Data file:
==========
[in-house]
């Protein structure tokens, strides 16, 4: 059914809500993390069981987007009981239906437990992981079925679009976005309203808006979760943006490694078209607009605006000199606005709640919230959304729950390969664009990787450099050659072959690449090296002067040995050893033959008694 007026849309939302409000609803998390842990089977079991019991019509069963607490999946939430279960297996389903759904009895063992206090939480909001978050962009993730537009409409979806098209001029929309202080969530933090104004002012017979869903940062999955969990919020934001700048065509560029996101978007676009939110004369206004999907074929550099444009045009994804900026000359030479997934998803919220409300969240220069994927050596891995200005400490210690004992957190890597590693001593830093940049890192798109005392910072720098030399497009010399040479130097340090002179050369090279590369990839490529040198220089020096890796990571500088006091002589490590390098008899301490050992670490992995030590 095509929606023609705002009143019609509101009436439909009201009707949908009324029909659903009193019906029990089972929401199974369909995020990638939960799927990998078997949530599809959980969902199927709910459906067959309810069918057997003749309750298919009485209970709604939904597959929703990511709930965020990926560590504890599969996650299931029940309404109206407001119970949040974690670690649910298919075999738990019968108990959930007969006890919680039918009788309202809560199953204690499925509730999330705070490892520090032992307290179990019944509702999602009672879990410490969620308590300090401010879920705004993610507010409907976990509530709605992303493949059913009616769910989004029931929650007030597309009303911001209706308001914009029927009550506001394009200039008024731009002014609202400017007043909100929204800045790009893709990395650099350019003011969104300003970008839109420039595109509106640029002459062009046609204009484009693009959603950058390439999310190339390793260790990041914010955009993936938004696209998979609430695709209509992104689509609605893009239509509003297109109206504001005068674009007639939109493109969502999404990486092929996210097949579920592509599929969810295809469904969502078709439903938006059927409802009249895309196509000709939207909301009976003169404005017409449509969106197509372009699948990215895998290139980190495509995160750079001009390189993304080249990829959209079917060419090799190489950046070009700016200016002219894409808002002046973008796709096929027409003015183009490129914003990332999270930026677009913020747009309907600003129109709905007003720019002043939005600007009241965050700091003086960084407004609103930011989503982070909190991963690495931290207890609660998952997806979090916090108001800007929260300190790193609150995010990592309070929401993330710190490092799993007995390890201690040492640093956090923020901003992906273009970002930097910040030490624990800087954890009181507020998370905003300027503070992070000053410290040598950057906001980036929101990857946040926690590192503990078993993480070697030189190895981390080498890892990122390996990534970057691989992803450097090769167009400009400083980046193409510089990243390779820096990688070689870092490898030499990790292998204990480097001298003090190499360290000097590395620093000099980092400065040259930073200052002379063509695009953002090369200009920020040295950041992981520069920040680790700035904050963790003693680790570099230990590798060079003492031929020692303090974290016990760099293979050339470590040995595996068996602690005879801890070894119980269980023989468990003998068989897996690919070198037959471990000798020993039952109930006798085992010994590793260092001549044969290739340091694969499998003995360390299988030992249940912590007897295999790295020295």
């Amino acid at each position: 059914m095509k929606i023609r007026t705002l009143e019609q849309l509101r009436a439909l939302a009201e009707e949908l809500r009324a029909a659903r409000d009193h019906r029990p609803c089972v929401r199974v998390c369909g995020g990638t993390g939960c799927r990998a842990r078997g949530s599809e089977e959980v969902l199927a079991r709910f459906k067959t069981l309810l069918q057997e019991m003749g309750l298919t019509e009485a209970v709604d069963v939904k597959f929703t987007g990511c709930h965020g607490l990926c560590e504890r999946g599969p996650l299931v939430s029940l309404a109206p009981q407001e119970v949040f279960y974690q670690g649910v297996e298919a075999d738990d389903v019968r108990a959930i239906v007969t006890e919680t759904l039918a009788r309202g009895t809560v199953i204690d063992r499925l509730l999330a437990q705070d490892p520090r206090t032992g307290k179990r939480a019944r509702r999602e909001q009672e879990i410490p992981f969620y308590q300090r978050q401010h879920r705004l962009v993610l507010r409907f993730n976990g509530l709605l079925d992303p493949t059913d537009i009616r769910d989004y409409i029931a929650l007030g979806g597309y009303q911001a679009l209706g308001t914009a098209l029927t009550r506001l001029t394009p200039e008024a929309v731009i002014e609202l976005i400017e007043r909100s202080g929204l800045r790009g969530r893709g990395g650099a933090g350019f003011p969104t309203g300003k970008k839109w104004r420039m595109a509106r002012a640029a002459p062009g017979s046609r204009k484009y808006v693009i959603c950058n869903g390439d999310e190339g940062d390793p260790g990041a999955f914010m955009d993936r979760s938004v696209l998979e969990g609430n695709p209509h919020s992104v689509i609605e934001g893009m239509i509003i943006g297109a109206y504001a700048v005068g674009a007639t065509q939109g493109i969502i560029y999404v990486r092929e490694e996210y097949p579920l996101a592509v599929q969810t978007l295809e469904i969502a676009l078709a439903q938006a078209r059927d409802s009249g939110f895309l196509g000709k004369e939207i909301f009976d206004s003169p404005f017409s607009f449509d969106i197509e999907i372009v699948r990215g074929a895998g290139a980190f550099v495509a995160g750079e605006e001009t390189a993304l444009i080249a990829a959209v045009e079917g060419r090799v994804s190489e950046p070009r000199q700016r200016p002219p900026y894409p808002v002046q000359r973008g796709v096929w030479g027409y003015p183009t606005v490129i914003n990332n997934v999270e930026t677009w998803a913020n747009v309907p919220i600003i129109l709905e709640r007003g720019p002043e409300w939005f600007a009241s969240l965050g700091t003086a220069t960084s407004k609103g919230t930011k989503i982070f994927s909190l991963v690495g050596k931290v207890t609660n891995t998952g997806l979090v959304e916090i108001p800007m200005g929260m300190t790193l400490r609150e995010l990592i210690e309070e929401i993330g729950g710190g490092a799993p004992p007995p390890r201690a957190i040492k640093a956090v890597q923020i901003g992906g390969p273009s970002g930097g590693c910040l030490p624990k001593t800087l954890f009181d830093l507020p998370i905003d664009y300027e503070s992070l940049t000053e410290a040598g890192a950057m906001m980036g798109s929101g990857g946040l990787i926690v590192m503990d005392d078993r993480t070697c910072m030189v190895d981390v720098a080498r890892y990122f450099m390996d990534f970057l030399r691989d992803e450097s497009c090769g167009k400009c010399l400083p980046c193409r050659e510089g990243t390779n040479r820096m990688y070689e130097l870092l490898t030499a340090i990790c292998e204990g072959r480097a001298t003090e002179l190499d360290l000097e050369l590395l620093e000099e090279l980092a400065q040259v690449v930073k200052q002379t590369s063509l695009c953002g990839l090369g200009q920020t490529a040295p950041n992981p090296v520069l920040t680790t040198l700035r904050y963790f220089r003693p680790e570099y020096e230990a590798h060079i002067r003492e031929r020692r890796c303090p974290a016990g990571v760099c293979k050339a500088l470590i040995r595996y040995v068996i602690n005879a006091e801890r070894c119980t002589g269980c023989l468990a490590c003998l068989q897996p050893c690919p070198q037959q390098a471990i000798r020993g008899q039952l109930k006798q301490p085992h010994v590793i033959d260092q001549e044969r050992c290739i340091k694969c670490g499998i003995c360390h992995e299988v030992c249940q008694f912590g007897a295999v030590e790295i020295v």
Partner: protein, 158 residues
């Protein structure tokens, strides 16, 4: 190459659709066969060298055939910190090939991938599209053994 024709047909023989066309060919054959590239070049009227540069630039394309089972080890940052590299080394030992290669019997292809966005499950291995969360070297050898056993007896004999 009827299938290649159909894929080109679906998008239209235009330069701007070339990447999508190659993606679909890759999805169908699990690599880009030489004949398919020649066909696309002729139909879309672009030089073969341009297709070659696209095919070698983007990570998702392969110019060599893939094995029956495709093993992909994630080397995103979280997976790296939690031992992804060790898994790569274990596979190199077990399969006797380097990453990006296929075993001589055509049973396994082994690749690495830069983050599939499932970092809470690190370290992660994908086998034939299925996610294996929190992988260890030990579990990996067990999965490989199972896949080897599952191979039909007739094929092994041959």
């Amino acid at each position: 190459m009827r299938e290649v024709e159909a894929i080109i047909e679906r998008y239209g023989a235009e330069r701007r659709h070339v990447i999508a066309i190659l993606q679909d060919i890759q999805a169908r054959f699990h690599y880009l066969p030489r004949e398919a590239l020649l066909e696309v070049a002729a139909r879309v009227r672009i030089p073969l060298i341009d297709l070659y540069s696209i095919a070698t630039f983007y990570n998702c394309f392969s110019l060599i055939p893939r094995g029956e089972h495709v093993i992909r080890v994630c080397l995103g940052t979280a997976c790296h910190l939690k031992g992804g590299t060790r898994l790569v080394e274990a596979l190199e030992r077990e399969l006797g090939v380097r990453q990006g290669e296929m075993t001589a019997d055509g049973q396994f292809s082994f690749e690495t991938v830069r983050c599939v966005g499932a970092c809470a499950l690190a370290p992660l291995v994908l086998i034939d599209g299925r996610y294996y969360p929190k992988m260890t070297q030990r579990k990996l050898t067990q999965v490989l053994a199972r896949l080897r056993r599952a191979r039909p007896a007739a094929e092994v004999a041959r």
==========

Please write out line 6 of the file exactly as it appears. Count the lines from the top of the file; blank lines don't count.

């Amino acid at each position: 190459m009827r299938e290649v024709e159909a894929i080109i047909e679906r998008y239209g023989a235009e330069r701007r659709h070339v990447i999508a066309i190659l993606q679909d060919i890759q999805a169908r054959f699990h690599y880009l066969p030489r004949e398919a590239l020649l066909e696309v070049a002729a139909r879309v009227r672009i030089p073969l060298i341009d297709l070659y540069s696209i095919a070698t630039f983007y990570n998702c394309f392969s110019l060599i055939p893939r094995g029956e089972h495709v093993i992909r080890v994630c080397l995103g940052t979280a997976c790296h910190l939690k031992g992804g590299t060790r898994l790569v080394e274990a596979l190199e030992r077990e399969l006797g090939v380097r990453q990006g290669e296929m075993t001589a019997d055509g049973q396994f292809s082994f690749e690495t991938v830069r983050c599939v966005g499932a970092c809470a499950l690190a370290p992660l291995v994908l086998i034939d599209g299925r996610y294996y969360p929190k992988m260890t070297q030990r579990k990996l050898t067990q999965v490989l053994a199972r896949l080897r056993r599952a191979r039909p007896a007739a094929e092994v004999a041959r």